Poodles may seem elegant and refined, but they were originally bred to perform utilitarian jobs: This well-primped breed originally functioned as a water retriever. The unique, poufy coat styles that are breed show standards served to keep the working poodles' joints and vitals protected from the cold water while leaving the rest of the dog's parts from getting caught on snags.
Three Poodle Sizes
There are three main sizes of poodle: toy, miniature and standard. All three are part of the same breed. The toy poodle is about 10 inches tall at the shoulder and weighs 6 to 9 pounds. The miniature poodle is 11 to 15 inches tall and weighs about 15 to 17 pounds; the standard stands about 22 inches and weighs about 45 to 70 pounds. Regardless of the size, poodles are known for being people friendly, playful dogs.
The Toy Poodle
Toy and miniature poodles are known to be more mischievous than their standard counterparts. Toy poodles, being the smallest, require less exercise and space to move. They are great companion dogs for people who are less active, as they tend to be content to set on your lap and watch TV. They are big cuddlers and are very social. They prefer peace and calm, and are not the most suitable choice for homes with small children.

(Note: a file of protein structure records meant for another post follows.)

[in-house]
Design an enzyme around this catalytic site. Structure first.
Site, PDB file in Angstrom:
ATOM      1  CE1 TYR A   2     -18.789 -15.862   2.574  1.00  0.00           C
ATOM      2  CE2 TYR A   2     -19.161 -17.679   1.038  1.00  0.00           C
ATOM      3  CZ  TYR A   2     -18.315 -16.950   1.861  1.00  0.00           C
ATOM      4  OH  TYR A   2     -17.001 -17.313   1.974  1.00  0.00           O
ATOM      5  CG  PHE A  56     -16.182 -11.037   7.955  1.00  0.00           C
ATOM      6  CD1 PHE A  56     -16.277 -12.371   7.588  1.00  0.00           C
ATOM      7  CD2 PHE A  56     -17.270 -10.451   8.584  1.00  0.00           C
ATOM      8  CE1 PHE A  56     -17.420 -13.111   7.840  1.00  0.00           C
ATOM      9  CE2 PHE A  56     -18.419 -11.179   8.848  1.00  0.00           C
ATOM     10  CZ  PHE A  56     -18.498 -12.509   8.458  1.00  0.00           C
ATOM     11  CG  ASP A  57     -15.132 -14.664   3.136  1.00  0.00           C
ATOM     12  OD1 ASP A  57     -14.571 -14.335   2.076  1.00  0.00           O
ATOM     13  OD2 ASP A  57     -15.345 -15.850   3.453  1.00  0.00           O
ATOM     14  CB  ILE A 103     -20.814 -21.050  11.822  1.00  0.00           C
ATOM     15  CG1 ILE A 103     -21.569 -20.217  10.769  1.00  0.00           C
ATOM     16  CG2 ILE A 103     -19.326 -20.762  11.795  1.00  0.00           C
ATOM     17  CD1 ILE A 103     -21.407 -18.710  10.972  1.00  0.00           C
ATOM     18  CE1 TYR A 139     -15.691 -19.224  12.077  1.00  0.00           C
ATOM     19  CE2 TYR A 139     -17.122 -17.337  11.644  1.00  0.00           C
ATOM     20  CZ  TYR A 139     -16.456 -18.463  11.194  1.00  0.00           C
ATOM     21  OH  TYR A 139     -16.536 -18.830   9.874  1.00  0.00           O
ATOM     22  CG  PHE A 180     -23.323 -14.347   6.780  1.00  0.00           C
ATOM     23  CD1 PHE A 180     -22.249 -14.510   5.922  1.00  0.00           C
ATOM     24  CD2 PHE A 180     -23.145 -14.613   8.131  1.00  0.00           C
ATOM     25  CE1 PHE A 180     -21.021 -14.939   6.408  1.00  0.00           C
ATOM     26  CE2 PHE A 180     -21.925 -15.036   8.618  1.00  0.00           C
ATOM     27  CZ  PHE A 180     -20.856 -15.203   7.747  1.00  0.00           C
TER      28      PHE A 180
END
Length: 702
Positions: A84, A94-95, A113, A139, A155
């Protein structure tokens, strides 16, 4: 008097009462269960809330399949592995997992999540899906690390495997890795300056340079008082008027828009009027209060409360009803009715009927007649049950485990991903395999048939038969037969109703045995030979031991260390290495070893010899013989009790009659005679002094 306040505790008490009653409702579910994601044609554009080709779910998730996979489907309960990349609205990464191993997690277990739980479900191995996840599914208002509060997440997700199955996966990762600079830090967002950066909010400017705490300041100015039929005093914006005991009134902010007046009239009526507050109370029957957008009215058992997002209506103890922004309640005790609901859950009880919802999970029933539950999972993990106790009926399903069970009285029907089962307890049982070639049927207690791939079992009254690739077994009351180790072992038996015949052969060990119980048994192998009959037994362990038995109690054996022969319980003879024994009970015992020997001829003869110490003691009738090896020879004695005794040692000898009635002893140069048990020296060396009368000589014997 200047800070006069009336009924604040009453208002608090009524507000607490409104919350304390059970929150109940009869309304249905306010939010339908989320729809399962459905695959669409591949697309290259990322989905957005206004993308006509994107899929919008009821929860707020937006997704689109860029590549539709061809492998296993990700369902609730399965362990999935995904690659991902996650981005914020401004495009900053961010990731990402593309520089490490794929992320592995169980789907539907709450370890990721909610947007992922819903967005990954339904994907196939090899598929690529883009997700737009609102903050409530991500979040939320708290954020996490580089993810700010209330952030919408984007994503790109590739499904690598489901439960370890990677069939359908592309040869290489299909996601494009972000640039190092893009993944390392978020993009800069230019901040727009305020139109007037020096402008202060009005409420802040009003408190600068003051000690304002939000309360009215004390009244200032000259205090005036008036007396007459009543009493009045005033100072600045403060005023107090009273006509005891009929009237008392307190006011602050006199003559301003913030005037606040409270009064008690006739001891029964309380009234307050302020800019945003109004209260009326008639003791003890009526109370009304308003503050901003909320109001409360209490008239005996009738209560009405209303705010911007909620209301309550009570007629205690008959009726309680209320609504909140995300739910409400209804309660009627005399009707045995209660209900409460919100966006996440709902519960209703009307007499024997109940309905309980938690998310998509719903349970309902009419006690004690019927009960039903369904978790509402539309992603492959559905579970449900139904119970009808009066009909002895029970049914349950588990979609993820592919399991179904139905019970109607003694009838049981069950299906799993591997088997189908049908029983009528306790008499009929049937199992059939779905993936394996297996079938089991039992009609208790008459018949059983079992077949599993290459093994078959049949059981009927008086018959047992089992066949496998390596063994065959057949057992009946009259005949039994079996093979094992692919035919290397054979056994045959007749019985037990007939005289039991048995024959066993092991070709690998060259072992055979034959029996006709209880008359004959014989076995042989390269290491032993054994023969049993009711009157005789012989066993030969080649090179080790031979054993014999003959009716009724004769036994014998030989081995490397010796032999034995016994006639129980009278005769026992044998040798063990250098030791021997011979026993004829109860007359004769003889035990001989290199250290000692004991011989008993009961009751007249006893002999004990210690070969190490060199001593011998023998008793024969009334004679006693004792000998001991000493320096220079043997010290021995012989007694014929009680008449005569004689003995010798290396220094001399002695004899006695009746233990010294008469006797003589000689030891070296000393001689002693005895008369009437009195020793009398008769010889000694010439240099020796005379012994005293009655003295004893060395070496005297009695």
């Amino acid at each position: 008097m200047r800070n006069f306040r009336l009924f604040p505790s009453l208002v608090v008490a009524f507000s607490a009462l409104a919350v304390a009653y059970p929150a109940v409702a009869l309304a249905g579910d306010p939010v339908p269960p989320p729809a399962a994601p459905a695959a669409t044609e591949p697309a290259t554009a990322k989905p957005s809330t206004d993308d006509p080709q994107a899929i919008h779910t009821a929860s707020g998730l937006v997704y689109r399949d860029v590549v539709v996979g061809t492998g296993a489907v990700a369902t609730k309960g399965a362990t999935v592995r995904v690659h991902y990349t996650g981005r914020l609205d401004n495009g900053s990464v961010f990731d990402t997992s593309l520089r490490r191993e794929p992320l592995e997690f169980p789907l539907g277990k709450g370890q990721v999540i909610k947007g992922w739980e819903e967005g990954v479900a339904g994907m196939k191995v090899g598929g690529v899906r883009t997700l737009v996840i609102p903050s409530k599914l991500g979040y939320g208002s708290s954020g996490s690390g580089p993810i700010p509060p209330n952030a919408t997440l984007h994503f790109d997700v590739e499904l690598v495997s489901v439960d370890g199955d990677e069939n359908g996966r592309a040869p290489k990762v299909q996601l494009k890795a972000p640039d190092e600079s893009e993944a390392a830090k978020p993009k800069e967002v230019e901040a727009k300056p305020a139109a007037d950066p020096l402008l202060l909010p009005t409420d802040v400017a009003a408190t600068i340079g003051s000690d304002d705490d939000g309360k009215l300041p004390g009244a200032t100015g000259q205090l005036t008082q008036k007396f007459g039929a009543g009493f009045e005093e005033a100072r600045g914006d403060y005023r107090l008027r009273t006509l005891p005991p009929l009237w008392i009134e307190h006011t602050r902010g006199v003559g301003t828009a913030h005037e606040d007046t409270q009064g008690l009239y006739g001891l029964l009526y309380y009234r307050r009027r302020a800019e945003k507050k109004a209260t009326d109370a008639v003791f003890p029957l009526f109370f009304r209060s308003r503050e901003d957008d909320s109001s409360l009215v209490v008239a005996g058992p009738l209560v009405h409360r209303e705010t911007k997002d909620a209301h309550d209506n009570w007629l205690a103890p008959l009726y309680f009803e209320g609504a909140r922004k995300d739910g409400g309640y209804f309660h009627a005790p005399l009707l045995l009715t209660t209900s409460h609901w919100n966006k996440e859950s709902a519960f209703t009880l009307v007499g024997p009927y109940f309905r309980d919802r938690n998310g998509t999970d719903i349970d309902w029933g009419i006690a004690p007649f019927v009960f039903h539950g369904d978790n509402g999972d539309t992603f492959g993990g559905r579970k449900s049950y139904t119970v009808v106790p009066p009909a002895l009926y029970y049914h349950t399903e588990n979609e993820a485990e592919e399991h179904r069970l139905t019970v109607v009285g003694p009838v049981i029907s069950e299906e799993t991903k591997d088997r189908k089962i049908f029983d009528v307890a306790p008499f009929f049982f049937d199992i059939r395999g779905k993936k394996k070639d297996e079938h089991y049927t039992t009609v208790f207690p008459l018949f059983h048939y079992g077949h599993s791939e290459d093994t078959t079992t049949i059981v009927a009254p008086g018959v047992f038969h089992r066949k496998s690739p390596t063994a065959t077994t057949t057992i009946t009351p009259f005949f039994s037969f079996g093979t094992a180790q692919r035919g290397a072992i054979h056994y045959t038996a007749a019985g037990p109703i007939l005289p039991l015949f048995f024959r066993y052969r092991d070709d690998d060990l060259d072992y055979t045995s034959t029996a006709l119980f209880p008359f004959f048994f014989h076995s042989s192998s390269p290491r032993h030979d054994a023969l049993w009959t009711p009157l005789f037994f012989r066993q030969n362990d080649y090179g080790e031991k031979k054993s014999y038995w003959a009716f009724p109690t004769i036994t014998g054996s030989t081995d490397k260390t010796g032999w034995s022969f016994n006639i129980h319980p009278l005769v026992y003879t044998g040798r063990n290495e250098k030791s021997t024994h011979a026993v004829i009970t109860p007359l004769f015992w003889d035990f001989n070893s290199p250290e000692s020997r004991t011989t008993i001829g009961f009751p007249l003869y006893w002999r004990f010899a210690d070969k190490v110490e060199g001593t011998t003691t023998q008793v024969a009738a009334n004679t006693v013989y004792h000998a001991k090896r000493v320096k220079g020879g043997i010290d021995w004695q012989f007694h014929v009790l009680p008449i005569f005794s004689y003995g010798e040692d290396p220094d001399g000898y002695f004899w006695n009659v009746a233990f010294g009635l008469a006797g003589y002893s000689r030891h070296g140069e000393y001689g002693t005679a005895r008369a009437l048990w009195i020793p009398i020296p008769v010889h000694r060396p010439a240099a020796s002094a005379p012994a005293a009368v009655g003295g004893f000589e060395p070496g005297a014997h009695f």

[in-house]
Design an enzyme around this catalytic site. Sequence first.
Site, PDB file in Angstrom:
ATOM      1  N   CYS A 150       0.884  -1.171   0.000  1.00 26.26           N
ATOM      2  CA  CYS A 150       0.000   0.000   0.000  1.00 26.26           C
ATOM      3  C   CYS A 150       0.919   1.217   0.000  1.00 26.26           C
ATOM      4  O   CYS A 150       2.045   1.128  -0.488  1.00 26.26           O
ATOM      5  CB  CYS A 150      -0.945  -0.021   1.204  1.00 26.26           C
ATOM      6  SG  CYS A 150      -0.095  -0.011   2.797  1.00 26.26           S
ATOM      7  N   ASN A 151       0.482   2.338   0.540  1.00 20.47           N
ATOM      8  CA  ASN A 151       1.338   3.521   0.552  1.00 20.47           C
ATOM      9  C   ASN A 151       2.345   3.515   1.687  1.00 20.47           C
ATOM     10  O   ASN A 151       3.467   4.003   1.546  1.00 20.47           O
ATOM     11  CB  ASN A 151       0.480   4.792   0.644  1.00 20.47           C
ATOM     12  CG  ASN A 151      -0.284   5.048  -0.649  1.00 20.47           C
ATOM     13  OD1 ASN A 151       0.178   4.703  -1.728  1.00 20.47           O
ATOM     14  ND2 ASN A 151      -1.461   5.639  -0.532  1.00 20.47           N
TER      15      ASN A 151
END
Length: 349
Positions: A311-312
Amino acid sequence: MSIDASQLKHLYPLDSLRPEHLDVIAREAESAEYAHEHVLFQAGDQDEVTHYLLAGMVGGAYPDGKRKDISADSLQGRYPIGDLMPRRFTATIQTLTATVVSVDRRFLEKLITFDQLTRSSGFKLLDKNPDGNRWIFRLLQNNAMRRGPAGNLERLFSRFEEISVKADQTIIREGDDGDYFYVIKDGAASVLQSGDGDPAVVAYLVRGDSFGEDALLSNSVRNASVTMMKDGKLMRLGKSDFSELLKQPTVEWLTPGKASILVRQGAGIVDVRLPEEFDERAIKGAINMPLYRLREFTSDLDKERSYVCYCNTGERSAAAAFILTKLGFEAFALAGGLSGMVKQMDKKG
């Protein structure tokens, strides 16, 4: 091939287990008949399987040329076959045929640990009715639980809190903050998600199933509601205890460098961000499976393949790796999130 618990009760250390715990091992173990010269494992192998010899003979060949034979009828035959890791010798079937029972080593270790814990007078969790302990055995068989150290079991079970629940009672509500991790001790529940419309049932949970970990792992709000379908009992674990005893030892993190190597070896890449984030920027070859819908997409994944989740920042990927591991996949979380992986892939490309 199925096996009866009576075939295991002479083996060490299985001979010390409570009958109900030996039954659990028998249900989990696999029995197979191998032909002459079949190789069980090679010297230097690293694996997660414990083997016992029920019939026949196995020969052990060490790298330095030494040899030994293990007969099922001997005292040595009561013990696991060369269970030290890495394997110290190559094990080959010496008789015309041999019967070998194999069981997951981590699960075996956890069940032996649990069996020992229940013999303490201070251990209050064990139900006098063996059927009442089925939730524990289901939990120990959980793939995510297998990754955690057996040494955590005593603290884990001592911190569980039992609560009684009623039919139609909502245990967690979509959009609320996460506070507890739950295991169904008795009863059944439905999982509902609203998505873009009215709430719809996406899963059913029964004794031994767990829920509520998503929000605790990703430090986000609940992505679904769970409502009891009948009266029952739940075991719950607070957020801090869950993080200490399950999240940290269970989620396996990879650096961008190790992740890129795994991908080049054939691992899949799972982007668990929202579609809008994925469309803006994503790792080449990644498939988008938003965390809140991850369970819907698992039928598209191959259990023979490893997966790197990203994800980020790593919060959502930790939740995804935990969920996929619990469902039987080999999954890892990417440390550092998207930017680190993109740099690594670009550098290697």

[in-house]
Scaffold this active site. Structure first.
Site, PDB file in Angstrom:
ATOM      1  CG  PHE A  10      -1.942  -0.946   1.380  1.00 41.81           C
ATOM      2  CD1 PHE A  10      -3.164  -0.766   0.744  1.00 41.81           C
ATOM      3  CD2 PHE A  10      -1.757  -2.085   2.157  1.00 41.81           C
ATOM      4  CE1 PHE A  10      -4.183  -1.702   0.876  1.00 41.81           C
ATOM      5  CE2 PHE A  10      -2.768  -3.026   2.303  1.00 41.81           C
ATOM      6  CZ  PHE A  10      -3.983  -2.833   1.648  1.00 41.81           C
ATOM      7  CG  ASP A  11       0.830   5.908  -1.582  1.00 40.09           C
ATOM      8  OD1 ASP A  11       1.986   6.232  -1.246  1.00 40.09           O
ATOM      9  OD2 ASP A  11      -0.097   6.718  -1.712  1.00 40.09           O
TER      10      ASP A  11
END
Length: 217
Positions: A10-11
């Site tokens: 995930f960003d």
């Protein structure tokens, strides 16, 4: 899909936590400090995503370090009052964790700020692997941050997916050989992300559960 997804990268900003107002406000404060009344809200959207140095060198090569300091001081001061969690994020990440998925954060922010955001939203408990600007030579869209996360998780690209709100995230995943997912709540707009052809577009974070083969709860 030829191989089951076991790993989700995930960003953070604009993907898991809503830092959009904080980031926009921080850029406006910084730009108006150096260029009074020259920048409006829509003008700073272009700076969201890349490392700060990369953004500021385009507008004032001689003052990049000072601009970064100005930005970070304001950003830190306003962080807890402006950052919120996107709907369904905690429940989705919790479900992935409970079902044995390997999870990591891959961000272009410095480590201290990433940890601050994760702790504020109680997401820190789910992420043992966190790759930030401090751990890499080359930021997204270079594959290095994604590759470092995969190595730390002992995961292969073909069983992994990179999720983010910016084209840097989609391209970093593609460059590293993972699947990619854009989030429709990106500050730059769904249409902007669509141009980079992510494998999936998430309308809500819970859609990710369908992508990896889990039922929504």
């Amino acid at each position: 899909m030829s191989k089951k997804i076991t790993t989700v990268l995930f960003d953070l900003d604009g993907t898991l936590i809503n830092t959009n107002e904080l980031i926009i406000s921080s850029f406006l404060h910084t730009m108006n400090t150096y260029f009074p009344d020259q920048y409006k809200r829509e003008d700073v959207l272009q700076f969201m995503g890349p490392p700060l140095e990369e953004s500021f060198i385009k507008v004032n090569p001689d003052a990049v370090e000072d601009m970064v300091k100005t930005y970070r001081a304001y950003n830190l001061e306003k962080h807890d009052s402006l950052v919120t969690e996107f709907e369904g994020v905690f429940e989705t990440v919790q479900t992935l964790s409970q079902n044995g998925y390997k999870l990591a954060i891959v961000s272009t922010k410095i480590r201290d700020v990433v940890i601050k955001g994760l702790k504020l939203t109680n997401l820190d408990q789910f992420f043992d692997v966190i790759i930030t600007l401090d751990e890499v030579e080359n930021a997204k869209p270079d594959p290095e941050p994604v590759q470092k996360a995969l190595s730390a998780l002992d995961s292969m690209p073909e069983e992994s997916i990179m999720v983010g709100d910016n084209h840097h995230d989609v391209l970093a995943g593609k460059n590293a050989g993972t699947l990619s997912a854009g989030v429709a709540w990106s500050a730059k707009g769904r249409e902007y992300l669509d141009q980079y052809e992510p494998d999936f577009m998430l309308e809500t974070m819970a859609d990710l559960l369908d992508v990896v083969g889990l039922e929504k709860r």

The Miniature Poodle
As far back as the 1400s, breeders were trying to make poodles smaller by breeding them with each other instead of with smaller breeds. They were created as companion dogs for the wealthy class. An important thing to know about miniature poodles is that if you don't train them properly, they will probably assume they are alpha dog in their families and will act out with poor behavior. They are generally better with kids than the toy breeds are, as they are larger and can better handle a little roughhousing.
The Standard Poodle
Standard poodles were originally bred by the French for duck hunting. They tend to be active; they have the most energy of the three sizes. While still friendly, they are more reserved than the toy and miniature sizes, and prefer having a job to do. They are excellent in obedience competitions that involve retrieving and jumping, and are very agile. Standard poodles are the most intelligent of the breeds. They can be sensitive and neurotic if not paid attention to, however -- they require daily companionship. They make excellent watch dogs.
Brian McCracken lives in Portland, Ore., where he writes on pets and animal wildlife as well as a wide array of other topics, ranging from real estate to personal development.